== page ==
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My problem is with objInfo(). How can I return an object via a passed-in variable? I'm trying to namespace my code and use private/public vars.

Bonus Q: How would you otherwise improve the code?

// Namespace all my code
var bab = new function() {

    // Declare cat object
    function cat()
    {
      this.eyes = 2;
      this.legs = 4;
      this.diet = 'carnivore';

      return true;
    }

    // Declare lion object
    function lion()
    {
      this.mane = true;
      this.origin = 'Africa';
      this.diet = 'people'; // has priority over cat's diet

      return true;
    }

    // Make lion a subclass of cat
    lion.prototype = new cat();

    // Create an instance of class lion
    var simba = new lion();

    // Share diet publicly
    this.objInfo = function(name) {
        return name; // simba works, name doesn't
    };

};

alert(bab.objInfo('simba').diet);

Note: Source is sampled from various places

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I suggest to read some question and answers here: stackoverflow.com/search?q=javascript+namespace –  Felix Kling Sep 18 '10 at 17:41

3 Answers 3

up vote 4 down vote accepted

Other than namespacing, it's not clear to me what you're trying to do, but I've included a code review of sorts under the divider below. More high-level comments first.

There are a couple of issues here. First off, you almost never want to write new function() { }. It's a very advanced technique that's easy to get wrong (and very easy for anyone doing maintenance on the code to misunderstand). There's an example of another, less-confusing way to get the same effect (plus some other benefits) below.

Here's an example of a namespaced module providing two "classes", Cat and Lion (I've made them initially-capped because that's the usual convention: initial caps on constructor functions and initial lower case on non-constructor functions, just to make it easy to read code):

var Animals = (function() {
    var publics = {};

    // A Cat
    publics.Cat = Cat;
    function Cat() {
        this.eyes = 2;
        this.legs = 4;
        this.diet = 'carnivore';
    }

    // A Lion
    publics.Lion = Lion;
    function Lion() {
        this.mane = true;
        this.origin = 'Africa';
        this.diet = 'people'; // has priority over cat's diet
    }
    Lion.prototype = new Cat();

    // Return our public symbols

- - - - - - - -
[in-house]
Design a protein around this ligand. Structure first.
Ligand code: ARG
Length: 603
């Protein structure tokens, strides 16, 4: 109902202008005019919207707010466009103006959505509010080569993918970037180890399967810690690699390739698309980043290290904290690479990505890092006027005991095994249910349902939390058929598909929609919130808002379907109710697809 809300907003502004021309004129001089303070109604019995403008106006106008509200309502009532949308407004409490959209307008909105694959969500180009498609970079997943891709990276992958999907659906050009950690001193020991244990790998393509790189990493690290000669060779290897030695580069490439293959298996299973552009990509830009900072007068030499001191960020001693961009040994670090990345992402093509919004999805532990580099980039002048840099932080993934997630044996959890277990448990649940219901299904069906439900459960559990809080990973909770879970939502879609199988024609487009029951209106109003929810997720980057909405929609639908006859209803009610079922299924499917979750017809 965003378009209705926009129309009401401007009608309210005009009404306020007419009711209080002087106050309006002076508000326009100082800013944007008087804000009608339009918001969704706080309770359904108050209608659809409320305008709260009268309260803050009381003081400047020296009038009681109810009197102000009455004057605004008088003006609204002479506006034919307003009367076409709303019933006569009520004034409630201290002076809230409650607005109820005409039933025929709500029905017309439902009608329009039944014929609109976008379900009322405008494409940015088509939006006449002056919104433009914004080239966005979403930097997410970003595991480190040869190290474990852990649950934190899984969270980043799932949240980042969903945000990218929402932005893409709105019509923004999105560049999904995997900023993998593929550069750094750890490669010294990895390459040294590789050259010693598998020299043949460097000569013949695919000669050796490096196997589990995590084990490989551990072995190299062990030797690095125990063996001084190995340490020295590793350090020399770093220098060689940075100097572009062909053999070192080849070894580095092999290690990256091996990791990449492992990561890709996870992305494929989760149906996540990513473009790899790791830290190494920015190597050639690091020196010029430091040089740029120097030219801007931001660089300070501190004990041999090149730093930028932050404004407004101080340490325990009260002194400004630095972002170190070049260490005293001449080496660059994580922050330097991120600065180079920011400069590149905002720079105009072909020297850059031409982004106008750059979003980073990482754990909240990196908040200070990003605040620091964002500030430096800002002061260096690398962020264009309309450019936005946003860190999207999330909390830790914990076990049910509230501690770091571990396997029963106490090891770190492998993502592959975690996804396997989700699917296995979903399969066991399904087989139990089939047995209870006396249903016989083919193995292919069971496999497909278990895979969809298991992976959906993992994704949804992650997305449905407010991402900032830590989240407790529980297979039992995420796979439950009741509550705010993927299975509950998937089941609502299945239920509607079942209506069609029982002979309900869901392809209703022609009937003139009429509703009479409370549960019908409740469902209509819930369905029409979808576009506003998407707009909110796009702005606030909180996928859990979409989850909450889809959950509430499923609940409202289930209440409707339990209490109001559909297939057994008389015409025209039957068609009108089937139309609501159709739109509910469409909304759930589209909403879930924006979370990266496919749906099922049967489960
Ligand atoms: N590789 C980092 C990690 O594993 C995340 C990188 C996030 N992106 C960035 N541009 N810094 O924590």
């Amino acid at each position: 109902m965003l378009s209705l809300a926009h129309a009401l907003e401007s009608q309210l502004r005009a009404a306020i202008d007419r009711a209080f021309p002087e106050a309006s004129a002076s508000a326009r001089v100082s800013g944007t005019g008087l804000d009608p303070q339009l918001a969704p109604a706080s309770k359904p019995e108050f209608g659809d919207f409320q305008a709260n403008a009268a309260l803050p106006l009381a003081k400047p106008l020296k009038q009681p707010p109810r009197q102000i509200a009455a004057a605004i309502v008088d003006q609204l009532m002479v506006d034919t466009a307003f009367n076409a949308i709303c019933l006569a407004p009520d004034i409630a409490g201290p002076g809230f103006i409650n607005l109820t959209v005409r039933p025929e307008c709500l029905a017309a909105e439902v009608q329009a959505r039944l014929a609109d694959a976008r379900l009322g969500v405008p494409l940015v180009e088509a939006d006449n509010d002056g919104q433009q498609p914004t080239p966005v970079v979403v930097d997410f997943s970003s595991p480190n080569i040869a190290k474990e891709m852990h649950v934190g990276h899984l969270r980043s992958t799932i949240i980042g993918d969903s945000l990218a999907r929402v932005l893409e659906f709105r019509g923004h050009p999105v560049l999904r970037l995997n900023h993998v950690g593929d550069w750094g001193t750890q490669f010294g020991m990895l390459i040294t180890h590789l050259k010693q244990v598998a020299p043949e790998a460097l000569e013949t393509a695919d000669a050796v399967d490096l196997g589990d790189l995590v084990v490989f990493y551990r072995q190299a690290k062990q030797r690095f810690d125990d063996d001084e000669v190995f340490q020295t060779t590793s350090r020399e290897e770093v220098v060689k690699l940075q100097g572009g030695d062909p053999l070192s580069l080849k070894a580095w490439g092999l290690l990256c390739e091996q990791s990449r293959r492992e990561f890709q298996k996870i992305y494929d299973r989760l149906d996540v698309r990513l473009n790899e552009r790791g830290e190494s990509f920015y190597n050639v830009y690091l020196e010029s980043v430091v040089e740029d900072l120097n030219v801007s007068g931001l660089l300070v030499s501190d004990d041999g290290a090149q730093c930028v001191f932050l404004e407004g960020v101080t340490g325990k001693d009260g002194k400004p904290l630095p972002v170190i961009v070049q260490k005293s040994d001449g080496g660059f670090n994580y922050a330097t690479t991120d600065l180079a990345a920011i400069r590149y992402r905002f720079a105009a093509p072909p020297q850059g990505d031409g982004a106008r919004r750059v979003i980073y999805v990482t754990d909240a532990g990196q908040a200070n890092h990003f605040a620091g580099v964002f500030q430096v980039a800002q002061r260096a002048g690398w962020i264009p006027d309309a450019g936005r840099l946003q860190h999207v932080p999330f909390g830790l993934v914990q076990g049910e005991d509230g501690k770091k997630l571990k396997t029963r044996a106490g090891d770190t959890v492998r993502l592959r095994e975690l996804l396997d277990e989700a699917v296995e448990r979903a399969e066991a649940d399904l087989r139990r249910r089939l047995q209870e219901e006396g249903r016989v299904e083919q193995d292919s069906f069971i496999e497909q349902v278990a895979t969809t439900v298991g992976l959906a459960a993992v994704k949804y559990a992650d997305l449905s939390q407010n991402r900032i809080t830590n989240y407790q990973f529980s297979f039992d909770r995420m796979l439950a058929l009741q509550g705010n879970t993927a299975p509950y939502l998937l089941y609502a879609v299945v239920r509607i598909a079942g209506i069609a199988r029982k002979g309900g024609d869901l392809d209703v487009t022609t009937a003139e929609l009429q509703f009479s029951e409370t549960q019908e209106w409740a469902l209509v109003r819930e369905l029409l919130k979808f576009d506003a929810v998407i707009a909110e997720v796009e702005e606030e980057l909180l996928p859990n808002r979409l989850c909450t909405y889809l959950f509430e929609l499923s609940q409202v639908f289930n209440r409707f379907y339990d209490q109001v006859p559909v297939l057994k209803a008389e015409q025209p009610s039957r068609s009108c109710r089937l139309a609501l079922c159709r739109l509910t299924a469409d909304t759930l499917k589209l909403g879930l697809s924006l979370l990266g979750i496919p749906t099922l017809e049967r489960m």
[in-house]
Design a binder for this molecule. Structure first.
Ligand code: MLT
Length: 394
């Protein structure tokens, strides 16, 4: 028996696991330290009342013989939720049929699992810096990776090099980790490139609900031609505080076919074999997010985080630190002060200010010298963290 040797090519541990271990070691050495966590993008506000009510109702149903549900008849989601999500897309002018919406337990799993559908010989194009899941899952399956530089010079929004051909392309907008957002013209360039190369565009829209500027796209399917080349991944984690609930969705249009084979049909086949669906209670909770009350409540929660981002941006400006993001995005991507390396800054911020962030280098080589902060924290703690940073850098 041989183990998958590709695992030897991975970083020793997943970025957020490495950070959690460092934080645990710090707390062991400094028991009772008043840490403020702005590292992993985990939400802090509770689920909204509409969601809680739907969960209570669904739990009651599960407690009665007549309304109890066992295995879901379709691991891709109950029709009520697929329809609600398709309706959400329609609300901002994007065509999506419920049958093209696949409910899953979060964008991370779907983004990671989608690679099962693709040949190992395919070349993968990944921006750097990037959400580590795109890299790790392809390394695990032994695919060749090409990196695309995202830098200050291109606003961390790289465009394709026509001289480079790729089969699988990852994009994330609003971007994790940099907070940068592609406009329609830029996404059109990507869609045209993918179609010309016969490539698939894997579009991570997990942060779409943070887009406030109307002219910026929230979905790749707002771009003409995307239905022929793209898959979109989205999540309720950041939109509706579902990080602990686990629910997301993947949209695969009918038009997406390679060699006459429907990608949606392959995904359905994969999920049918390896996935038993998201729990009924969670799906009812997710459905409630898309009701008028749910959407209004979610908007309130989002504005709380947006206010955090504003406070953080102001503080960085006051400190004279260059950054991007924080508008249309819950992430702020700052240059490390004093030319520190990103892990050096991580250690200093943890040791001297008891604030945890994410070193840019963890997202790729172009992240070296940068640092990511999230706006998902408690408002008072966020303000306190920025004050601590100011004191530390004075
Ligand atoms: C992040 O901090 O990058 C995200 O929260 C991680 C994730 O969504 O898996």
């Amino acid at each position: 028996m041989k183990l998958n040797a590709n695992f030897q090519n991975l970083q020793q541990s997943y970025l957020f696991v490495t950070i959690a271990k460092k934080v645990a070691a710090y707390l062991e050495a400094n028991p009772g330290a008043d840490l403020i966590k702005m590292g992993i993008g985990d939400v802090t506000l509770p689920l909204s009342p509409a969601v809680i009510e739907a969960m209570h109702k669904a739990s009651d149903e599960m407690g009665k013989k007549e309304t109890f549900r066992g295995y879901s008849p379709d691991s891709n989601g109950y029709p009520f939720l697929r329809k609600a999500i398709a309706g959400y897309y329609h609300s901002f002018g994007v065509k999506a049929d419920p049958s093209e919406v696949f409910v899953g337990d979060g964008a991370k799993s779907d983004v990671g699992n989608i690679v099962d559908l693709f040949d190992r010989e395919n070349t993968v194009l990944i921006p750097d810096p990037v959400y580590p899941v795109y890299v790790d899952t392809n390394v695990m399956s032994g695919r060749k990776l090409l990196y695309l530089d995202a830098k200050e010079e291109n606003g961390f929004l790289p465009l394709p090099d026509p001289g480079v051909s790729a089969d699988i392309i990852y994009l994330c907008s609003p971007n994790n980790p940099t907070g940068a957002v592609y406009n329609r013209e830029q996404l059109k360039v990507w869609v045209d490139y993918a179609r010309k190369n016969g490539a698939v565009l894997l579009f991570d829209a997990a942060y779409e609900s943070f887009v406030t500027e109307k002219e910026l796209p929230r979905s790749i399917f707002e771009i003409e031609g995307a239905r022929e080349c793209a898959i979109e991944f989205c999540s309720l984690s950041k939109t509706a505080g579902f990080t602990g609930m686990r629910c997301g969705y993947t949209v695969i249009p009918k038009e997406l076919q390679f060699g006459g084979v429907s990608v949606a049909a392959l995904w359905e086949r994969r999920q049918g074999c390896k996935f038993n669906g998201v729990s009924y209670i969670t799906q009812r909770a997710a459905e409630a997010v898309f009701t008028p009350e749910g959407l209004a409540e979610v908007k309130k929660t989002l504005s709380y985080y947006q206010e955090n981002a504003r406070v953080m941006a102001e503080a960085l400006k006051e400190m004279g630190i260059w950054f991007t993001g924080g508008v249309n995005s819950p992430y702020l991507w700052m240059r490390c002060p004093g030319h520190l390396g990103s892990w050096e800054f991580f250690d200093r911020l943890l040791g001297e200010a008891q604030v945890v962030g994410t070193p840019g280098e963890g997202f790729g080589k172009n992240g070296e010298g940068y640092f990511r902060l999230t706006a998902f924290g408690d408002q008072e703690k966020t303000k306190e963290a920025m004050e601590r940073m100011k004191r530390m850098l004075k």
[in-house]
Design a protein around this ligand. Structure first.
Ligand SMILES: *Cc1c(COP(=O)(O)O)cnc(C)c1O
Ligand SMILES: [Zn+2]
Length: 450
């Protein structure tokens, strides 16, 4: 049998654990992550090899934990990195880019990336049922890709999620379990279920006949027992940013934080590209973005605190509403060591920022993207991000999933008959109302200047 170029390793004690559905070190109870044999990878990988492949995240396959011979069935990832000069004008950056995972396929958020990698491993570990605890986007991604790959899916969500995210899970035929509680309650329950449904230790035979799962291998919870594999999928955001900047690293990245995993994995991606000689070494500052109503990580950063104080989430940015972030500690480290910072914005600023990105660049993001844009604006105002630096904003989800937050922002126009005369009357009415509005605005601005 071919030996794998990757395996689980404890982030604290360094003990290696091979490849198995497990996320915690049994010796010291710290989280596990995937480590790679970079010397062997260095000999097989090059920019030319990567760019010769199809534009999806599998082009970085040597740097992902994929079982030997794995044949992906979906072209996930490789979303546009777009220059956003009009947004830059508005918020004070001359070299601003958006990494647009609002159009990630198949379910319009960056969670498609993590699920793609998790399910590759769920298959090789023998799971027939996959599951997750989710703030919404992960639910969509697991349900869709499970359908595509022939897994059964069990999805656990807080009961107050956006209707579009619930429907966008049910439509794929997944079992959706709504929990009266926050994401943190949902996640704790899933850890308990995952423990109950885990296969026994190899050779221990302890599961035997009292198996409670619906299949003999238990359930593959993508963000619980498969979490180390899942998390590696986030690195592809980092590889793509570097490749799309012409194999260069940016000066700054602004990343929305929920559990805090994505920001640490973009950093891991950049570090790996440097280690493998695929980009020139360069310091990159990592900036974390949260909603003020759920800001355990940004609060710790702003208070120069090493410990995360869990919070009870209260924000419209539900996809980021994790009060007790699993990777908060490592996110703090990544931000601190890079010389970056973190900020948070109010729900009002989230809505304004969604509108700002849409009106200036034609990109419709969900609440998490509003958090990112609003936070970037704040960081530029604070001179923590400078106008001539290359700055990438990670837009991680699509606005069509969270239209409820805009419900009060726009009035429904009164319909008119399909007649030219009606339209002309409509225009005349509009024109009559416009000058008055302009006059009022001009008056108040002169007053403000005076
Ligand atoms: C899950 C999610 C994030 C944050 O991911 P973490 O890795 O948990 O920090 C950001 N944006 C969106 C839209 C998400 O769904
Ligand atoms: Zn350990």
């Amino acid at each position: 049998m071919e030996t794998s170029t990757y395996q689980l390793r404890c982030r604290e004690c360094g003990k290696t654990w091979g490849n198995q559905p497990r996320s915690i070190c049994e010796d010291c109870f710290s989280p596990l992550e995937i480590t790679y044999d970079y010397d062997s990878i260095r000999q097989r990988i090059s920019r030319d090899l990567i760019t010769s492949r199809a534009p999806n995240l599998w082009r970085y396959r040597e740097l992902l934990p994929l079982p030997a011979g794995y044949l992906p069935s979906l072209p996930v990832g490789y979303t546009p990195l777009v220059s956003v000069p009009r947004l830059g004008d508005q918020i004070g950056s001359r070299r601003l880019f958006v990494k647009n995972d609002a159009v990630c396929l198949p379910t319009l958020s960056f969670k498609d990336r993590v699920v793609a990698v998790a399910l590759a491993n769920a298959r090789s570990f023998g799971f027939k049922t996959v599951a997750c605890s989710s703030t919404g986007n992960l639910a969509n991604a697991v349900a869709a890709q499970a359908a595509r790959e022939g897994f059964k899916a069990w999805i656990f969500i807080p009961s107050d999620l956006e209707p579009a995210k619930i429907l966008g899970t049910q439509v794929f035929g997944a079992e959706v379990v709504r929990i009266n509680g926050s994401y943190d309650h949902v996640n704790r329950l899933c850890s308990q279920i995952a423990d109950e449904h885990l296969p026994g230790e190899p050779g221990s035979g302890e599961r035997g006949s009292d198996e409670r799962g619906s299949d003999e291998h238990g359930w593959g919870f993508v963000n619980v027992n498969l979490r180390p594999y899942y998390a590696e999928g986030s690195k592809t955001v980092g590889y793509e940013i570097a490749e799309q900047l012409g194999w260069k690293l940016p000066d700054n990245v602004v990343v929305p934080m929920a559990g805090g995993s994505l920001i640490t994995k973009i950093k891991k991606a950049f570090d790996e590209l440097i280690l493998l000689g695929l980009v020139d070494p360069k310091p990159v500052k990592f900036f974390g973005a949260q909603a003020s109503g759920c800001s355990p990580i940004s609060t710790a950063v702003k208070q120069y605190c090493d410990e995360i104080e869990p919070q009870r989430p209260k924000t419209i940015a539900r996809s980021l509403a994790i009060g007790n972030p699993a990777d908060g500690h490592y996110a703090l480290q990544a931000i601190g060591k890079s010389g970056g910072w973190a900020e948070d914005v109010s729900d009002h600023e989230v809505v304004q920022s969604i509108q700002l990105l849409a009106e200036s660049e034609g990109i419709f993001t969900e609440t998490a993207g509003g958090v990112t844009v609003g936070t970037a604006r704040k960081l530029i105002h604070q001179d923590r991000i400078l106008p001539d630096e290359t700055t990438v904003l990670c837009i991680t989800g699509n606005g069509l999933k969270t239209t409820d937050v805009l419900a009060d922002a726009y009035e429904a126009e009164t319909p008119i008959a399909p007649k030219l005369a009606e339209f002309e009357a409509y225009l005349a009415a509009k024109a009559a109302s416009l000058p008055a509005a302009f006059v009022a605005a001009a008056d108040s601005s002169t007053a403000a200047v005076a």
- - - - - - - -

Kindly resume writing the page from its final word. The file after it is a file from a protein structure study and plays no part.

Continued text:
return publics;
})();

// Usage
var l = new Animals.Lion();
alert(l.eyes); // alerts "2" (inherited from Cat)
alert(l.diet); // alerts "people" (overridden by Lion)

(You can, of course, call publics anything else you want — pubs, p, whatever. It's the equivalent of this in the outermost layer of your new function() { } function, but less confusing.)

But just replacing the prototype on Lion is a bit simplistic. When you start getting into subclassing, there are several other things you want to look at doing. Here's a blog post that details a fairly complete means of building classes, including subclassing, calling superclass functions, etc.

In terms of looking something up by string, you can do that with brackets notation on any object:

var obj = {};
obj.foo = 42;
alert(obj["foo"]); // alerts "42" by retrieving the property "foo" from `obj`
var x = "f" + "o" + "o";
alert(obj[x]);     // alerts "42" by retrieving the property "foo" from `obj`

Code review follows.


Here's a code review:

// Namespace all my code
// [TJC] Use the (function() { ... })(); mechanism described above rather than
// `new function() { ... }`, which is fairly confusing to the reader and troublesome
// to use inside inner functions (see below)
var bab = new function() {

    // Declare cat object
    // [TJC] Convention is to use initial caps for constructor functions,
    // e.g. "Cat" not "cat"
    function cat()
    {
      this.eyes = 2;
      this.legs = 4;
      this.diet = 'carnivore';

      // [TJC] Don't return anything out of constructor functions
      return true;
    }

    // Declare lion object
    // [TJC] "Lion" rather than "lion" would be more conventional
    function lion()
    {
      this.mane = true;
      this.origin = 'Africa';
      this.diet = 'people'; // has priority over cat's diet

      // [TJC] Don't return anything out of constructor functions
      return true;
    }

    // Make lion a subclass of cat
    // [TJC] There are several other things you want to consider in
    // addition to replacing the prototype
    lion.prototype = new cat();

    // Create an instance of class lion
    // [TJC] From your usage below, it looks like you
    // want to be able to look up "simba" using a string
    // later. So use the below rather than this commented-out
    // line:
    //var simba = new lion();
    var instances = {};           // [TJC]
    instances.simba = new lion(); // [TJC]

    // Share diet publicly
    // [TJC] You don't need a function for this at all, just
    // expose "instances" directly. But if you want it:
    this.objInfo = function(name) {
            // [TJC] To look up something by name using a string,
            // use brackets: